Connect with us

Hi, what are you looking for?



Second Macron minister under scrutiny after ethics claims

French minister Marielle de Sarnez arrives for a weekly cabinet meeting at the Elysee Palace in Paris, on May 24, 2017 © AFP/File

Paris, France, May 30 – France’s European affairs minister took legal action Tuesday after becoming the second member of new President Emmanuel Macron’s inner circle to be caught up in an ethics scandal.

Marielle de Sarnez lodged a slander complaint against an MEP of France’s National Front (FN) party who accused her and 18 other colleagues of diverting funds available for parliamentary assistants.

The accusations by Sophie Montel, made in letters to the EU fraud watchdog and Paris prosecutors, prompted the prosecutors to open an initial investigation on March 22 into possible breach of trust.

AFP reported on the letter and the probe in early April, but the MEPs were not identified at the time.

The imbroglio comes days after another minister in Macron’s first cabinet, Richard Ferrand, escaped an investigation into claims that he benefited from a property deal while he ran a public health insurance fund.

The allegations have embarrassed Macron’s fledgling government as it prepares a new law to clean up politics.

The Paris daily Le Parisien ran a banner headline on its cover Tuesday asking, “What about that ethics cleanup?”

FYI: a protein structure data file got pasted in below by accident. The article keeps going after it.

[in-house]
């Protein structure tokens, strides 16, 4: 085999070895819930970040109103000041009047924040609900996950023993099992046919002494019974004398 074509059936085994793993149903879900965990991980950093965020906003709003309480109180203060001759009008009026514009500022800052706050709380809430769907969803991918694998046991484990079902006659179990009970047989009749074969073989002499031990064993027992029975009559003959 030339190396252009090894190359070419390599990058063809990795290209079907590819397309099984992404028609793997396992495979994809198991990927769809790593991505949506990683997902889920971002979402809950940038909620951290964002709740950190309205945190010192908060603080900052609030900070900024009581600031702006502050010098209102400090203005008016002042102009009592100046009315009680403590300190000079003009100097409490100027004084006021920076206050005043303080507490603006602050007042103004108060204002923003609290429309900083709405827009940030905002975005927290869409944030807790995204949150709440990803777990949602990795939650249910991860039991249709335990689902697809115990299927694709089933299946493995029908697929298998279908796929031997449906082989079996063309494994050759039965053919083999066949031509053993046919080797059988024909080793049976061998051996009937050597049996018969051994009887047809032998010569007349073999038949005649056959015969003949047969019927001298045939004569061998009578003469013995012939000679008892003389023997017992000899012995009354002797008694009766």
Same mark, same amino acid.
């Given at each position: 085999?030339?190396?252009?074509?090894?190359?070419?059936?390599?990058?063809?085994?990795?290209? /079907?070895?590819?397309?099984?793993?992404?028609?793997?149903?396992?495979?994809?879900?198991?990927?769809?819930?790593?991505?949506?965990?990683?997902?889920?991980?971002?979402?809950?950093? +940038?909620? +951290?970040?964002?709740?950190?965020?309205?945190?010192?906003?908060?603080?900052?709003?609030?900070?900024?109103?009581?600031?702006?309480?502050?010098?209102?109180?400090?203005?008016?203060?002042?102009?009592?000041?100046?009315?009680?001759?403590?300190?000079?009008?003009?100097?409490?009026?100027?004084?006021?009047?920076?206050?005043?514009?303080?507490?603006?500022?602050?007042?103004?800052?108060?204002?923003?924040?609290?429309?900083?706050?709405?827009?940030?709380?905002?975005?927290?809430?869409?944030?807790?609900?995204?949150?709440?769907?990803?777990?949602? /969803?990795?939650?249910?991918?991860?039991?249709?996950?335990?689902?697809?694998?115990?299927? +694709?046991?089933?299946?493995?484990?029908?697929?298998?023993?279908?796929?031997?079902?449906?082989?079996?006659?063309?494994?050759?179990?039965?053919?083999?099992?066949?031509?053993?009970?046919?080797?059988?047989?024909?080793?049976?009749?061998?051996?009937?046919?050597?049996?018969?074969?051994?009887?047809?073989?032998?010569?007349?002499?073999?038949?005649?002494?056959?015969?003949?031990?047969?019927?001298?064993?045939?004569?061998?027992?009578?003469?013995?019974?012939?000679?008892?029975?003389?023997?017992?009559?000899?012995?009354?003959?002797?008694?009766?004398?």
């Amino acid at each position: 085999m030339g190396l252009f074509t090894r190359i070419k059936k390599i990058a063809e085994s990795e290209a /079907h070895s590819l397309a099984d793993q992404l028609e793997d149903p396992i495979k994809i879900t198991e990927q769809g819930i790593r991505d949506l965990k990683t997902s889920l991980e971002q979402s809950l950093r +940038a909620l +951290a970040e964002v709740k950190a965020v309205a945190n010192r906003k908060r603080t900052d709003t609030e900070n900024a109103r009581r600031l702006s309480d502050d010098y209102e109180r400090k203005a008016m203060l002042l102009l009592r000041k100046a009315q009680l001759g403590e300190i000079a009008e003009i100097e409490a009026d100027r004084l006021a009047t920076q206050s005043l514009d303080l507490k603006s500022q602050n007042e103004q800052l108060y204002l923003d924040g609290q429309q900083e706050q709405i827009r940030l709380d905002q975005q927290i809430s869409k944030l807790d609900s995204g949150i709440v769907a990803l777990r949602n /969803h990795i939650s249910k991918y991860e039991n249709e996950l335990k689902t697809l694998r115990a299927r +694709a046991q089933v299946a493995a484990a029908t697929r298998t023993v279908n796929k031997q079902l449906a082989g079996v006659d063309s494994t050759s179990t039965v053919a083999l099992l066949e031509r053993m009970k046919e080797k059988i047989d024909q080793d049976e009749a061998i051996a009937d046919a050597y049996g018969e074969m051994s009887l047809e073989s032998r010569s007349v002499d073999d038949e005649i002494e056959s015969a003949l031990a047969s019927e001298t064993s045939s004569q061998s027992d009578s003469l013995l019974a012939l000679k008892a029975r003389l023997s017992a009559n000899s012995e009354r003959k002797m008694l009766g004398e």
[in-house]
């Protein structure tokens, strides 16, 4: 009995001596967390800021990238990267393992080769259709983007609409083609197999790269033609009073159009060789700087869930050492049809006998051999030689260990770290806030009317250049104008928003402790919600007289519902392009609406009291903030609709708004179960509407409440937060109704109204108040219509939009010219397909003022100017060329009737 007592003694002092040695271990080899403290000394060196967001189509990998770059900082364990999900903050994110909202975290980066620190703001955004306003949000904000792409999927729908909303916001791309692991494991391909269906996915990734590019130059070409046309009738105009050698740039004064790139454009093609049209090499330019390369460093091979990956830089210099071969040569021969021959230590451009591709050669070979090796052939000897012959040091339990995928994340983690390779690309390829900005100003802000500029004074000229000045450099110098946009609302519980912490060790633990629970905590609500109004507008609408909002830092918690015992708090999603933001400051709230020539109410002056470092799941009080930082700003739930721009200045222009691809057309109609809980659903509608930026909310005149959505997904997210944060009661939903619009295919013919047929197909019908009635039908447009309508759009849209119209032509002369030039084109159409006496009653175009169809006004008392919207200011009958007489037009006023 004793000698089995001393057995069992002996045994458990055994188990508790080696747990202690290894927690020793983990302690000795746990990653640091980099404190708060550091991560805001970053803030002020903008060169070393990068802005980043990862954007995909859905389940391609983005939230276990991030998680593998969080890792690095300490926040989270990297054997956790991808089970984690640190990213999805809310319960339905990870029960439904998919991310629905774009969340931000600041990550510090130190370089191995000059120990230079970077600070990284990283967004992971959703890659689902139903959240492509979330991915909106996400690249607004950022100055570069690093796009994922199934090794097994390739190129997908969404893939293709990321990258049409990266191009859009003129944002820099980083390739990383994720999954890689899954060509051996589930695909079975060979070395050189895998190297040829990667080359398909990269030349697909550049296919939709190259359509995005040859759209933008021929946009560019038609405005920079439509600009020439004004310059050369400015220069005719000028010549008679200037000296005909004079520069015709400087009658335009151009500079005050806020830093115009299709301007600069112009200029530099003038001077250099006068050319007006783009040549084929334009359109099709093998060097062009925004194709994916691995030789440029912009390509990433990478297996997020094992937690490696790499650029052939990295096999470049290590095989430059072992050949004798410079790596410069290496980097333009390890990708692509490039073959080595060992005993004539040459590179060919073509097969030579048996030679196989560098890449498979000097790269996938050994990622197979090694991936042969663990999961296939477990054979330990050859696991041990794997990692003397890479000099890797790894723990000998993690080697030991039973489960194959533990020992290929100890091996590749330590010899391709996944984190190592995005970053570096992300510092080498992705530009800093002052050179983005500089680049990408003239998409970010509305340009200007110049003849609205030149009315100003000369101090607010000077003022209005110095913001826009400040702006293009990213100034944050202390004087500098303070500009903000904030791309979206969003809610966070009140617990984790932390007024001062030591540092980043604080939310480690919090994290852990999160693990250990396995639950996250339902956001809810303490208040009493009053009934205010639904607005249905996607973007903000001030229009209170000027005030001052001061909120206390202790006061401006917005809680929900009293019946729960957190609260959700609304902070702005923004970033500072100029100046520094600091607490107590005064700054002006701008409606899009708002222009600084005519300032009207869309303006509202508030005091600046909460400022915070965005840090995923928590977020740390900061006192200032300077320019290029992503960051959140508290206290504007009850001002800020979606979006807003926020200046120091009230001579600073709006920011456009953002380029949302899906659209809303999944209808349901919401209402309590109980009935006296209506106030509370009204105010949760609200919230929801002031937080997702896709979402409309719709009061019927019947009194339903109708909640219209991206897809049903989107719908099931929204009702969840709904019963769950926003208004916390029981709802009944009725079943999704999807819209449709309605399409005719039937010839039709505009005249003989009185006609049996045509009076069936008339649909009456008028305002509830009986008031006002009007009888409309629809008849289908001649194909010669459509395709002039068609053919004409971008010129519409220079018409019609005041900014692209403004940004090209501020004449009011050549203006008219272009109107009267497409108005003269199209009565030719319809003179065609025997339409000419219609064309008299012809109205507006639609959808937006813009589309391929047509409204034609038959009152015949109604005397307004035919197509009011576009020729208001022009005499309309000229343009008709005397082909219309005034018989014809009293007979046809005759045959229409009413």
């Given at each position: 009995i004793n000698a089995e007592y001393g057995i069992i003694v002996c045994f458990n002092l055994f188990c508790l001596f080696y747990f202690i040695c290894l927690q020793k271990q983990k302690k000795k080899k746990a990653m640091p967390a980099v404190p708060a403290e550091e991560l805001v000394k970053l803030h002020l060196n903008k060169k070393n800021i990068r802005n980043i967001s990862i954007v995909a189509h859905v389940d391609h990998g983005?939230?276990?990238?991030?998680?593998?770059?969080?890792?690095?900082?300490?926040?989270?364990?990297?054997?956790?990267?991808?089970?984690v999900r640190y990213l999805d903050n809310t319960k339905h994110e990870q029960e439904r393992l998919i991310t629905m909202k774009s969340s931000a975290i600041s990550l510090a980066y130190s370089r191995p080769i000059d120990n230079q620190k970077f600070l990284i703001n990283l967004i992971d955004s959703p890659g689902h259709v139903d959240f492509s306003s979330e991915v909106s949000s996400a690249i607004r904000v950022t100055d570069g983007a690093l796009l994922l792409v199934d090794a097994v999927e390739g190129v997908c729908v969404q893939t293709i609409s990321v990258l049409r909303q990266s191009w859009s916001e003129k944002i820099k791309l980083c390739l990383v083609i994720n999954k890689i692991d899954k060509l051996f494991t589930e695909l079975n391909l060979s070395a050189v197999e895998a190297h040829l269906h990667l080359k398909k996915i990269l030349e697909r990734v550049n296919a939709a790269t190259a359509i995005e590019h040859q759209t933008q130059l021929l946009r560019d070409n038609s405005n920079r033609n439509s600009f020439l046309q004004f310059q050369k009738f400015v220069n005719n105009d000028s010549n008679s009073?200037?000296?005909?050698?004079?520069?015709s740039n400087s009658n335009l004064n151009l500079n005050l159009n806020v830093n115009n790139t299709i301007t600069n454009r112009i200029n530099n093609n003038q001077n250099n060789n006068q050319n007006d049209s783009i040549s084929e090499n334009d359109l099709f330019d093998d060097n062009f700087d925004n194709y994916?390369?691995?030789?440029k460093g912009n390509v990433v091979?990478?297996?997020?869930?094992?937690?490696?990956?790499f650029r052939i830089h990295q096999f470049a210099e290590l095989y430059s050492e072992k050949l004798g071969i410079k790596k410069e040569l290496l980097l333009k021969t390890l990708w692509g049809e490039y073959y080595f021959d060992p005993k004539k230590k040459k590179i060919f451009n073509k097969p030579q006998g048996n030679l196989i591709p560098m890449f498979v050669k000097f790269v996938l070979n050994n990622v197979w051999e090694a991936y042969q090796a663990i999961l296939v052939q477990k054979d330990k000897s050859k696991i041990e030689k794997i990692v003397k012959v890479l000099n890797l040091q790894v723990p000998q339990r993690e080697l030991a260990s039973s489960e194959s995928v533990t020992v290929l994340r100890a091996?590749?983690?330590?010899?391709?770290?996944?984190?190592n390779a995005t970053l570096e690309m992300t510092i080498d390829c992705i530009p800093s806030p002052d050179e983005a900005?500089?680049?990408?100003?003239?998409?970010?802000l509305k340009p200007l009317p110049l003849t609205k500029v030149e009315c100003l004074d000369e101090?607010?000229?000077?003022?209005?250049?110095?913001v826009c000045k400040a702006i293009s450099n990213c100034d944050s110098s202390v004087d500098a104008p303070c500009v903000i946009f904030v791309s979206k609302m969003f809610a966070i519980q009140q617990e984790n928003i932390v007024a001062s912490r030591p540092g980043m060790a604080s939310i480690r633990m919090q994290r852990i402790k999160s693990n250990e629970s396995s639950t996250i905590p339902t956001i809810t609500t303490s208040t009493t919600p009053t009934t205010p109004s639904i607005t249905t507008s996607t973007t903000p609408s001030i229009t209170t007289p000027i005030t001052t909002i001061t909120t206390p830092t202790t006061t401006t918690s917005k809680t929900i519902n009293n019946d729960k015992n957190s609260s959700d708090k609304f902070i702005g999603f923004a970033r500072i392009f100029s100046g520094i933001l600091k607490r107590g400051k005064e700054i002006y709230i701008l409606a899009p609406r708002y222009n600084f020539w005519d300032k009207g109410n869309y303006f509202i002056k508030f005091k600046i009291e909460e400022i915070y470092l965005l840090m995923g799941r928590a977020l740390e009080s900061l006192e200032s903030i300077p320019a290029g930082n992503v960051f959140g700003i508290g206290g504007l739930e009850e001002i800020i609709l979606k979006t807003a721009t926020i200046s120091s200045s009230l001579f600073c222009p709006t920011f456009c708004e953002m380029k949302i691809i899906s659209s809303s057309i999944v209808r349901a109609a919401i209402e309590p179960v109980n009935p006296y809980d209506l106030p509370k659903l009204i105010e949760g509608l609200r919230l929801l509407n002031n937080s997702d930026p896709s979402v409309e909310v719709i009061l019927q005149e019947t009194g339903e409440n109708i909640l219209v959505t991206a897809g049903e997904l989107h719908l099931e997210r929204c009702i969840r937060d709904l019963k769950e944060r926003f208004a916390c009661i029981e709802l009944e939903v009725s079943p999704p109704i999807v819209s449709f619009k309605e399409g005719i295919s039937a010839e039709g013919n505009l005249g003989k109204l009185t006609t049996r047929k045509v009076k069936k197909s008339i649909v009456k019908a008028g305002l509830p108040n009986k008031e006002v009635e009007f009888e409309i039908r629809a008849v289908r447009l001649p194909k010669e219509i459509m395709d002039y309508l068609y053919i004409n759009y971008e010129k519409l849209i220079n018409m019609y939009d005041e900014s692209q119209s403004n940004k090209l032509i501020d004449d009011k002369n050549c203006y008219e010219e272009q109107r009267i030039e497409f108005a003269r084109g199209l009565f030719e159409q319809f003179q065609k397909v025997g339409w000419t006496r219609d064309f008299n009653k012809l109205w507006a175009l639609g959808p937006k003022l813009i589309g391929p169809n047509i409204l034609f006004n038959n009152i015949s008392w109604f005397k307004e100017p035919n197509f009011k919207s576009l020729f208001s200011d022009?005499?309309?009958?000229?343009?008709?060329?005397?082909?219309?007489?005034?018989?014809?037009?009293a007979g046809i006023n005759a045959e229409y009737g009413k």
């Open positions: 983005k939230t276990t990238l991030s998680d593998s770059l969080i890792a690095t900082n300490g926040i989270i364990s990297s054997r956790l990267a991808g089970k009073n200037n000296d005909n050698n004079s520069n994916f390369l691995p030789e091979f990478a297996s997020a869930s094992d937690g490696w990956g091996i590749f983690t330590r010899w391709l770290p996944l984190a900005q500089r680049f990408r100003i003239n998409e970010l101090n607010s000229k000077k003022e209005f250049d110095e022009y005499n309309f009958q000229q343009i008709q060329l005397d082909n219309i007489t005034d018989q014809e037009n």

De Sarnez, who joined the European Parliament in 1999, gave up her seat when she entered the government led by Prime Minister Edouard Philippe on May 17.

On Monday she denied any wrongdoing with regards to a part-time parliamentary aide in her employ, saying: “Her situation was declared and verified by the European Parliament.”

Advertisement. Scroll to continue reading.

A European Parliament source told AFP in Brussels that the assistant’s “other activities… were seen as not posing a risk of a conflict of interest.”

The FN, meanwhile, faces accusations by the European Parliament of using funds allotted for parliamentary assistants to pay FN staff members for party work in France.

In February, the assembly began withholding part of its pay to the party’s leader, Marine Le Pen, to recover the money it says it lost to the alleged fraud.

The fingering of de Sarnez by Montel is “clearly a counter-attack by the National Front which bent the rules of the parliament in a wholesale way”, French ecology MEP Eva Joly told AFP.

Montel, for her part, told French television: “De Sarnez can do what she likes.”



More on Capital News